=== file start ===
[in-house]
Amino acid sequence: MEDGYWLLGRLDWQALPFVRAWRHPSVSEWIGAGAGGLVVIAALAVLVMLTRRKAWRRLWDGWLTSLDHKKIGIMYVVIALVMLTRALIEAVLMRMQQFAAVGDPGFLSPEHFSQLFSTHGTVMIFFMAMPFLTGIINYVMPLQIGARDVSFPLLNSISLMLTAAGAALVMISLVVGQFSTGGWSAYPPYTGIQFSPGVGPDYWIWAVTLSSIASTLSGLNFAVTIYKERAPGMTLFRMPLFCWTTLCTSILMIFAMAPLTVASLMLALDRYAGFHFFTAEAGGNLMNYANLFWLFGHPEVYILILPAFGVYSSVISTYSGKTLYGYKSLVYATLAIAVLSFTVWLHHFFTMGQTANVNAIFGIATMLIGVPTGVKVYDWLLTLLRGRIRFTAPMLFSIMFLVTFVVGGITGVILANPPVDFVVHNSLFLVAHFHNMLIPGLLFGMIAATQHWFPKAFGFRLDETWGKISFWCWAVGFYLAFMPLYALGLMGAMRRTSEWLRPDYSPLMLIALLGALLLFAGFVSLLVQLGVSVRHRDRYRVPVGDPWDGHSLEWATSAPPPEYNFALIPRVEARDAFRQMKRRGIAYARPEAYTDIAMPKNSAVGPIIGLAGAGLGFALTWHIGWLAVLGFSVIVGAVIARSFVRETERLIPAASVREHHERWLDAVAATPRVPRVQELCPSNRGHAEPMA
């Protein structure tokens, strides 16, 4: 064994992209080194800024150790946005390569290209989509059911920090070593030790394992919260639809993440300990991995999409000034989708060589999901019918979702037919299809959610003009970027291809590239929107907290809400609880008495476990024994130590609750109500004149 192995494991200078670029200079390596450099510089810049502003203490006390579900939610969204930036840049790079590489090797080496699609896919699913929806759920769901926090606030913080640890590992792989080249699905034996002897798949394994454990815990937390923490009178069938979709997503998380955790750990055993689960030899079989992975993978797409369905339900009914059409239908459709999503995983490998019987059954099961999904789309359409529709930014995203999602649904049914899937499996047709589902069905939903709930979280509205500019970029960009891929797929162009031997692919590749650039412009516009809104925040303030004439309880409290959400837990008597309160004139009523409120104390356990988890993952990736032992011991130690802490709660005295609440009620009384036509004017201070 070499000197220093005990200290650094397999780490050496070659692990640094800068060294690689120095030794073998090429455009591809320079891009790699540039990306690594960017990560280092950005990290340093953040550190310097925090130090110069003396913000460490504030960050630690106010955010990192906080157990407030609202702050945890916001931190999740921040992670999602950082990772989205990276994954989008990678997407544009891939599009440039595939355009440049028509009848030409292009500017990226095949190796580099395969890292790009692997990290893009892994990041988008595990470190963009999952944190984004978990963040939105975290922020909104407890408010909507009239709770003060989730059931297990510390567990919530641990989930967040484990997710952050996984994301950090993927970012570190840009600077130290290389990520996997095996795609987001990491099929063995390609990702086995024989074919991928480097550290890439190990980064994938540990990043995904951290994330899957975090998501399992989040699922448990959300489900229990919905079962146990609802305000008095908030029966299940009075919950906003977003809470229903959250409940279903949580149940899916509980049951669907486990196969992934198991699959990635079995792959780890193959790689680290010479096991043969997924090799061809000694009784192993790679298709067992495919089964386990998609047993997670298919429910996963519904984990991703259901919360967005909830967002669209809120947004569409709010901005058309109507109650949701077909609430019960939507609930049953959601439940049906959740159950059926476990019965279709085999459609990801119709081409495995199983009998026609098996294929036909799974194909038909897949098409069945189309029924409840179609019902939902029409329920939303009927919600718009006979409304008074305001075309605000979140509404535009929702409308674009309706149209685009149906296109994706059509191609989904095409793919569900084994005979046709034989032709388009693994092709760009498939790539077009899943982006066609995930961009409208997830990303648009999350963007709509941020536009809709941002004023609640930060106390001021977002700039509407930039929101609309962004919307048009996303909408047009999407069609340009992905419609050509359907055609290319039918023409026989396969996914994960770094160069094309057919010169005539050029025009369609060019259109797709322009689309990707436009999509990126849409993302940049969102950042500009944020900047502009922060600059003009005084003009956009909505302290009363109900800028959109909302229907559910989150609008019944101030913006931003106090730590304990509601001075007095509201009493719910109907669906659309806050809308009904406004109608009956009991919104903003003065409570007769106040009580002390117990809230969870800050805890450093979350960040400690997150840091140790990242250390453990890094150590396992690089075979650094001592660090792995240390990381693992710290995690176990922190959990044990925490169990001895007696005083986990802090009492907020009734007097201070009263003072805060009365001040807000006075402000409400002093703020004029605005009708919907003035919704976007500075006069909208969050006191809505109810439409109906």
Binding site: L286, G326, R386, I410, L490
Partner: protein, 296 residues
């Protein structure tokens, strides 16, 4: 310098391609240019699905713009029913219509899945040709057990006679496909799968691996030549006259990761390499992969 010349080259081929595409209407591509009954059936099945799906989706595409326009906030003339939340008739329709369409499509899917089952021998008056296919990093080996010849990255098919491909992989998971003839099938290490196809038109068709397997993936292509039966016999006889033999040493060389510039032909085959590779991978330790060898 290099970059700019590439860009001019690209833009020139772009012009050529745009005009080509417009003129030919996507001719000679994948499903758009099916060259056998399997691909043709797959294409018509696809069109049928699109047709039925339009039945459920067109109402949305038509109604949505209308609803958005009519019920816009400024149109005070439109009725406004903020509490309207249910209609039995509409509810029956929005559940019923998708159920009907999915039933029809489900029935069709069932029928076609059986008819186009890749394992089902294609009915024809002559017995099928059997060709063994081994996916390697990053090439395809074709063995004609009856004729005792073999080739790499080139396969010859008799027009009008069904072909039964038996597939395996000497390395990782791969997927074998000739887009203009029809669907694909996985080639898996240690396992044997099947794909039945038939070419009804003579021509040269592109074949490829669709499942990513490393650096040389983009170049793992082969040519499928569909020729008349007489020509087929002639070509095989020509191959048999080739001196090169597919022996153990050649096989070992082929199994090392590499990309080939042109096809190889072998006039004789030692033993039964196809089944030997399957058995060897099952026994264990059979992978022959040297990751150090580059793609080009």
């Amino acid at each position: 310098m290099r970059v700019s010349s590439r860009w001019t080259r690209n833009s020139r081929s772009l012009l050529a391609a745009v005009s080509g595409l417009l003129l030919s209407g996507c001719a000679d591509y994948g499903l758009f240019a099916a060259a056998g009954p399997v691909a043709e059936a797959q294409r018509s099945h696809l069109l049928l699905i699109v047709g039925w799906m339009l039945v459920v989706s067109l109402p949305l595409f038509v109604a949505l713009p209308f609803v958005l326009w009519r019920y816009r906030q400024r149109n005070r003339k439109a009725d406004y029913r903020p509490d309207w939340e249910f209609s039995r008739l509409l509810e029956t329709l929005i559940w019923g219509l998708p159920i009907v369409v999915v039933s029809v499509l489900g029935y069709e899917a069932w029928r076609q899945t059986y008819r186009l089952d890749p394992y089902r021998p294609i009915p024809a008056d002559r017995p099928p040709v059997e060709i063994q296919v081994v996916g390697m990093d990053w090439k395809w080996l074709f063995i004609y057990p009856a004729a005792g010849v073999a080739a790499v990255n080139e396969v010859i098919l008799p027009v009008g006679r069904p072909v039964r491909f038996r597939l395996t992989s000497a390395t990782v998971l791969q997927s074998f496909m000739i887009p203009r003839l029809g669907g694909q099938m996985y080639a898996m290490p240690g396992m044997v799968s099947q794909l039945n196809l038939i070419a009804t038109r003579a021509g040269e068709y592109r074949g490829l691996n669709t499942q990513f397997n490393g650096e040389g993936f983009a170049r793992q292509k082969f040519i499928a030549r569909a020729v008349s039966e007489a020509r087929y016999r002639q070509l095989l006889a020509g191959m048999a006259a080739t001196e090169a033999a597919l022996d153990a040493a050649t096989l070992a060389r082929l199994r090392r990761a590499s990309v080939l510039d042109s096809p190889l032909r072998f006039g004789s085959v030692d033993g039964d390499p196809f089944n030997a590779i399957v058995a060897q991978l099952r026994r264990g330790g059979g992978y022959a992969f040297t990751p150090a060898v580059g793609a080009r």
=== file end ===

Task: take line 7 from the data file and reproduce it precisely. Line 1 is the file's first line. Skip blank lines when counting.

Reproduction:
């Amino acid at each position: 310098m290099r970059v700019s010349s590439r860009w001019t080259r690209n833009s020139r081929s772009l012009l050529a391609a745009v005009s080509g595409l417009l003129l030919s209407g996507c001719a000679d591509y994948g499903l758009f240019a099916a060259a056998g009954p399997v691909a043709e059936a797959q294409r018509s099945h696809l069109l049928l699905i699109v047709g039925w799906m339009l039945v459920v989706s067109l109402p949305l595409f038509v109604a949505l713009p209308f609803v958005l326009w009519r019920y816009r906030q400024r149109n005070r003339k439109a009725d406004y029913r903020p509490d309207w939340e249910f209609s039995r008739l509409l509810e029956t329709l929005i559940w019923g219509l998708p159920i009907v369409v999915v039933s029809v499509l489900g029935y069709e899917a069932w029928r076609q899945t059986y008819r186009l089952d890749p394992y089902r021998p294609i009915p024809a008056d002559r017995p099928p040709v059997e060709i063994q296919v081994v996916g390697m990093d990053w090439k395809w080996l074709f063995i004609y057990p009856a004729a005792g010849v073999a080739a790499v990255n080139e396969v010859i098919l008799p027009v009008g006679r069904p072909v039964r491909f038996r597939l395996t992989s000497a390395t990782v998971l791969q997927s074998f496909m000739i887009p203009r003839l029809g669907g694909q099938m996985y080639a898996m290490p240690g396992m044997v799968s099947q794909l039945n196809l038939i070419a009804t038109r003579a021509g040269e068709y592109r074949g490829l691996n669709t499942q990513f397997n490393g650096e040389g993936f983009a170049r793992q292509k082969f040519i499928a030549r569909a020729v008349s039966e007489a020509r087929y016999r002639q070509l095989l006889a020509g191959m048999a006259a080739t001196e090169a033999a597919l022996d153990a040493a050649t096989l070992a060389r082929l199994r090392r990761a590499s990309v080939l510039d042109s096809p190889l032909r072998f006039g004789s085959v030692d033993g039964d390499p196809f089944n030997a590779i399957v058995a060897q991978l099952r026994r264990g330790g059979g992978y022959a992969f040297t990751p150090a060898v580059g793609a080009r």